_{Downstream}, which is one of the volumes that contribute to the instrumental time lag.

#### 3.1.2. Instrumental Time Lag at Variable Feed Pressure

^{3}min

^{−1}. This means that the total dead volume in the system that must be pressurised is ca. 20 cm

^{3}. Inversely, the time needed for a certain pressure increase, Δp, is given by:

_{2}, N

_{2}, and CO

_{2}is most likely due to the different flow regime in the narrow sampling capillary and in the low pressure quadrupole inlet, where Knudsen diffusion plays a role. This difference is negligible compared to the membrane-related time lag (Figure 5a,b), and since it falls more or less within the range of the experimental error, it does not affect any of the conclusions.

^{3}

_{STP}min

^{−1}, the filling-up time is ca. 25 s at 5 bar (SI Figure S2a), however, over this pressure interval the instrumental time lag increases only 10–12 s (SI Figure S2b). Thus, for the total time lag:

_{Δp}is the additional time lag induced by the slow pressure increase, and:

^{3}

_{STP}min

^{−1}.

#### 3.2. Mixed Gas Diffusion in the Polymer of Intrinsic Microporosity PIM-SBF-1

#### 3.2.1. Individual Pressure Steps

_{2}/CH

_{4}mixtures in PIM-SBF-1 at different pressures, and the results are given in Figure 5. All experiments were performed on a well-aged sample (2088 days) to avoid time-dependent phenomena. At high feed flow rates of 500 cm

^{3}min

^{−1}, the feed pressure during permeation experiments at 1–4 bar still requires 10–15 s to reach the setpoint value (SI Figure S4a). This time is not negligible and contributes, to some extent, to the overall time lag. Figure 5a shows the measured overall individual time lags for CO

_{2}and CH

_{4}, and the instrumental time lag, measured with the TFC membrane of SBS, is plotted for comparison as the lower blue line in Figure 5a. For a similar problem in gravimetric sorption measurements, where significant time is needed to fill the sorption chamber, Vopička et al. proposed a mathematical correction of the model [40]. In the present work, we assume additivity of each characteristic time in the procedure. Therefore, we subtract the time lag for the TFC membranes from that of CO

_{2}and CH

_{4}at the same pressure. Rearranging of Equation (12) then allows for the calculation of the diffusion coefficient (Figure 5c) of each gas according to:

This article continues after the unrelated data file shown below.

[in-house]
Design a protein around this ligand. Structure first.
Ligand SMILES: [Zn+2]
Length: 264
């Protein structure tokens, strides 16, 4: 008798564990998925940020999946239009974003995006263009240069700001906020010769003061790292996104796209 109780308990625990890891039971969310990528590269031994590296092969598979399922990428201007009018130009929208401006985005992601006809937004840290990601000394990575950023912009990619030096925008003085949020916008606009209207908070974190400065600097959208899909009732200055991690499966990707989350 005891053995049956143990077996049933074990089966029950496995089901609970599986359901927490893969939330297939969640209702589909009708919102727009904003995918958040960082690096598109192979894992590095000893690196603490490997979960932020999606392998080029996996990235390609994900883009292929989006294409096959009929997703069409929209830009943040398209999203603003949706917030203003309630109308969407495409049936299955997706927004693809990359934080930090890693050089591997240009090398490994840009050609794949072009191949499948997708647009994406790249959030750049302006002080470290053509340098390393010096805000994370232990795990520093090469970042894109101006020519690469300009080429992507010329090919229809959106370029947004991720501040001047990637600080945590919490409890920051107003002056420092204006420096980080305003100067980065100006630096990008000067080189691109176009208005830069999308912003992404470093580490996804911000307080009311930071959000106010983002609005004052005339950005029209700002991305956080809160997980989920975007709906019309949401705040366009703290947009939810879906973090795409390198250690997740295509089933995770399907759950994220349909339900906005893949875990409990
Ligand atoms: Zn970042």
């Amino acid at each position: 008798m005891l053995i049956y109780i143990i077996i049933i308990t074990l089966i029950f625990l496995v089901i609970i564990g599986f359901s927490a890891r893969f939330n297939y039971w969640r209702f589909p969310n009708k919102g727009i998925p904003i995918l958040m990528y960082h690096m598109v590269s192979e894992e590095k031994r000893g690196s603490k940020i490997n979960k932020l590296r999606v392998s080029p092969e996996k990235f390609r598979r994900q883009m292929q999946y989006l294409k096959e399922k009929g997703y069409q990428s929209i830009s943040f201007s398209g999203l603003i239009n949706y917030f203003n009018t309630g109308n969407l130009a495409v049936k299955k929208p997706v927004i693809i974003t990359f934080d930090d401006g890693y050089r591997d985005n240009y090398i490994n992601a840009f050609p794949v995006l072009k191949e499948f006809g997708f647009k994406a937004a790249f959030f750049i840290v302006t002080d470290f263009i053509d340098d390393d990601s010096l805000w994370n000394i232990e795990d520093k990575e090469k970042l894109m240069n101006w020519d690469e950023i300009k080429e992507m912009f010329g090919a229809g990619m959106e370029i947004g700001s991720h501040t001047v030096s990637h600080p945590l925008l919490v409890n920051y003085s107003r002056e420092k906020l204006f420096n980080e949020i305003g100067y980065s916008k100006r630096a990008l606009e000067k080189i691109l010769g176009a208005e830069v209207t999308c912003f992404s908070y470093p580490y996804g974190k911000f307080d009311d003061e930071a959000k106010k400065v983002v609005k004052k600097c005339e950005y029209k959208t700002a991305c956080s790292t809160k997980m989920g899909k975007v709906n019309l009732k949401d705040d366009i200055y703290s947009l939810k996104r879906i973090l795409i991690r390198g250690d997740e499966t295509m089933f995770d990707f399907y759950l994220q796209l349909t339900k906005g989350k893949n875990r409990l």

_{F,i}/p

_{P,I}> 40–50 the error in D is less than 5%. In the present work, this ratio was generally higher so that the inaccuracy in the determination of D due to the changing boundary conditions in the downstream side is even lower than 5%.

_{2}and CH

_{4}show a very distinct and nearly exponential trend with increasing feed pressure. Both increase two-fold in the range from 1 to 4 bar(a), with only a marginal increase in the diffusion selectivity. In the same pressure interval, the CO

_{2}/CH

_{4}permselectivity decreased about 20% from ca. 40 to 32 as a result of a 10% decrease of the CO

_{2}permeability and a 10% increase of the CH

_{4}permeability. An increase in diffusivity at nearly constant permeability means that the solubility, S, decreases with increasing pressure, considering that permeability is the product of solubility and diffusivity:

#### 3.2.2. Incremental Pressure Steps

_{4}, but nearly identical for CO

_{2}(Figure 5a). This gives an excellent qualitative impression of the pressure dependence of the diffusion coefficients and the diffusion selectivity (Figure 5c,d). However, since the boundary conditions for which Equations (2)–(5) are valid, namely, that the membrane is penetrant-free at the beginning of the experiment, are not satisfied in the second and subsequent pressure steps, quantitative interpretation of these data must be done with care. This procedure would require a correction for the initial concentration of the penetrant [42] that takes into account the finite non-zero initial gas concentration in the membrane before each pressure step. After the first step, there is already a concentration gradient across the membrane, corresponding to the steady state permeation at the previous pressure, as schematically displayed in SI Figure S5. Theoretically, also the desorption kinetics would allow the calculation of the diffusion coefficient. Simple application of Equations (2)–(5), without appropriate corrections for the boundary conditions, gives the same trend with shorter time lags and, thus, apparently faster diffusion than for the pressure increase run (SI Figure S6).

## 4. Conclusions

_{2}demonstrated to have an approximately five times higher diffusion coefficient than CH

_{4}, which both increase by a factor of two when increasing the feed pressure from 1 to 4 bar(a), with a marginal increase in the diffusion selectivity. Instead, in the same pressure interval, the CO

_{2}/CH